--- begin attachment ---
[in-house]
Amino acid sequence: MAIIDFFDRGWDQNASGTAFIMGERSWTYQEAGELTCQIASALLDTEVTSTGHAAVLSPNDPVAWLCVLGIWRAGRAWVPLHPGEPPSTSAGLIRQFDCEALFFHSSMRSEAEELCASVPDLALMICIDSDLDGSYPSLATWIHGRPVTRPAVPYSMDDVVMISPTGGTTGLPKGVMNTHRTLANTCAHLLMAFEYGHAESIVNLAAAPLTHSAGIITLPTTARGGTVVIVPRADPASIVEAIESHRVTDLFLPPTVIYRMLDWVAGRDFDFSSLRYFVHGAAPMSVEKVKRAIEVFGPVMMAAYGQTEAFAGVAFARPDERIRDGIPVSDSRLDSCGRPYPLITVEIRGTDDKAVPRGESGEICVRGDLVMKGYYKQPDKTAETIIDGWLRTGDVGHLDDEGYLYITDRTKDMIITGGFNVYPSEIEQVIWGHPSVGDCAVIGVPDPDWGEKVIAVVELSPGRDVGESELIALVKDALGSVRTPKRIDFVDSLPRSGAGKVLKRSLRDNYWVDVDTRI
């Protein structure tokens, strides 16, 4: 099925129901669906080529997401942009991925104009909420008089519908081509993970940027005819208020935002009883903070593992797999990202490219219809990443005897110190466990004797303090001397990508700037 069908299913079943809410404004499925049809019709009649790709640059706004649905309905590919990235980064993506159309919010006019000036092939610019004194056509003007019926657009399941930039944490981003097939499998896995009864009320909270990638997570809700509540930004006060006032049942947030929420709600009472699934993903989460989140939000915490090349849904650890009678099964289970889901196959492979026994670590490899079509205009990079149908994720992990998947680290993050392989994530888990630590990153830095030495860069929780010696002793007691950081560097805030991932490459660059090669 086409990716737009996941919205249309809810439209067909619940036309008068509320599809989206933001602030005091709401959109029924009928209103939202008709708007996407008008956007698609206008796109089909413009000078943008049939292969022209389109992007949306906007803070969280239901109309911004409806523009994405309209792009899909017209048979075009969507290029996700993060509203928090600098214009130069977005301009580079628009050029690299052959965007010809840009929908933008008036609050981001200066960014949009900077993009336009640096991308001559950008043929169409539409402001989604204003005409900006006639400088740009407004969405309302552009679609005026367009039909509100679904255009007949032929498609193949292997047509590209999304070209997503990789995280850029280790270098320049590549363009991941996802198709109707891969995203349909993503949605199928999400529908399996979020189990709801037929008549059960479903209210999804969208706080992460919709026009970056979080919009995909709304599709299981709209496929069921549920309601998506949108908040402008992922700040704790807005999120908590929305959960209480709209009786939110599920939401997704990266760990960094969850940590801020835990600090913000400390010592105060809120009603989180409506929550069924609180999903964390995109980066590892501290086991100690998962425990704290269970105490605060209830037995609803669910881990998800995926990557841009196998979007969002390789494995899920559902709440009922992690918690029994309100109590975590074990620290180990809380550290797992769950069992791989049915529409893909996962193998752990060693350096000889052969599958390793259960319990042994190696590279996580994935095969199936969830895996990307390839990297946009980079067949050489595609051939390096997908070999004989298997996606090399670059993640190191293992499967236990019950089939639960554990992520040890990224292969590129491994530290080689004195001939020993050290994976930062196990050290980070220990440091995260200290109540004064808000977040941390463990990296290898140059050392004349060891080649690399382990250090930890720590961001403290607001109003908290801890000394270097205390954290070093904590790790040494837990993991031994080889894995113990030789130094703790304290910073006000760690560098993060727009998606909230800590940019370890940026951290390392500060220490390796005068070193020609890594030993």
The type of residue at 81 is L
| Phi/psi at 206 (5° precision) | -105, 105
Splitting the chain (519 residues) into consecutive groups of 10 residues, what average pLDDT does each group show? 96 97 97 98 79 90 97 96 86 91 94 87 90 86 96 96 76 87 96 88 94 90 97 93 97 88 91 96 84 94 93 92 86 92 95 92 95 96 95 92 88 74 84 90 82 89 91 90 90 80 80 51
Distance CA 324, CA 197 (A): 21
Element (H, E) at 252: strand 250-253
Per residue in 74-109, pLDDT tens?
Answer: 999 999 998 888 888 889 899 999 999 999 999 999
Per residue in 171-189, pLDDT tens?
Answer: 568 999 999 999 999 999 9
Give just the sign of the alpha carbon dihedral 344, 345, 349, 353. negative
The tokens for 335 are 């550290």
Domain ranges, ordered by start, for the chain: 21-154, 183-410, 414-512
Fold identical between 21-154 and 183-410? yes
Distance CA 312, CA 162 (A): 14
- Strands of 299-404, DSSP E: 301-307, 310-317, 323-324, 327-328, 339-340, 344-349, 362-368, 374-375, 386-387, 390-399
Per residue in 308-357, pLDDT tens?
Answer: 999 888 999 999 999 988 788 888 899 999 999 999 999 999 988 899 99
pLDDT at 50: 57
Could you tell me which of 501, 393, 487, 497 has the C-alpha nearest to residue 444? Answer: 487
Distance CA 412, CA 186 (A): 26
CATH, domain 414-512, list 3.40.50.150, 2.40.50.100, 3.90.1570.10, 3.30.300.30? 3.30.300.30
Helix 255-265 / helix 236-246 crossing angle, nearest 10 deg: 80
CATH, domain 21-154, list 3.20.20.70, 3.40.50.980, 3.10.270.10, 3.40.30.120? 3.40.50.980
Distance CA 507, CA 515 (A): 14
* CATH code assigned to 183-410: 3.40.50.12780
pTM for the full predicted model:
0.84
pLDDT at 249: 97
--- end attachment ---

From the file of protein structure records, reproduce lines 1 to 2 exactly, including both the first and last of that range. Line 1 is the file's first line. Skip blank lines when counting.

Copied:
[in-house]
Amino acid sequence: MAIIDFFDRGWDQNASGTAFIMGERSWTYQEAGELTCQIASALLDTEVTSTGHAAVLSPNDPVAWLCVLGIWRAGRAWVPLHPGEPPSTSAGLIRQFDCEALFFHSSMRSEAEELCASVPDLALMICIDSDLDGSYPSLATWIHGRPVTRPAVPYSMDDVVMISPTGGTTGLPKGVMNTHRTLANTCAHLLMAFEYGHAESIVNLAAAPLTHSAGIITLPTTARGGTVVIVPRADPASIVEAIESHRVTDLFLPPTVIYRMLDWVAGRDFDFSSLRYFVHGAAPMSVEKVKRAIEVFGPVMMAAYGQTEAFAGVAFARPDERIRDGIPVSDSRLDSCGRPYPLITVEIRGTDDKAVPRGESGEICVRGDLVMKGYYKQPDKTAETIIDGWLRTGDVGHLDDEGYLYITDRTKDMIITGGFNVYPSEIEQVIWGHPSVGDCAVIGVPDPDWGEKVIAVVELSPGRDVGESELIALVKDALGSVRTPKRIDFVDSLPRSGAGKVLKRSLRDNYWVDVDTRI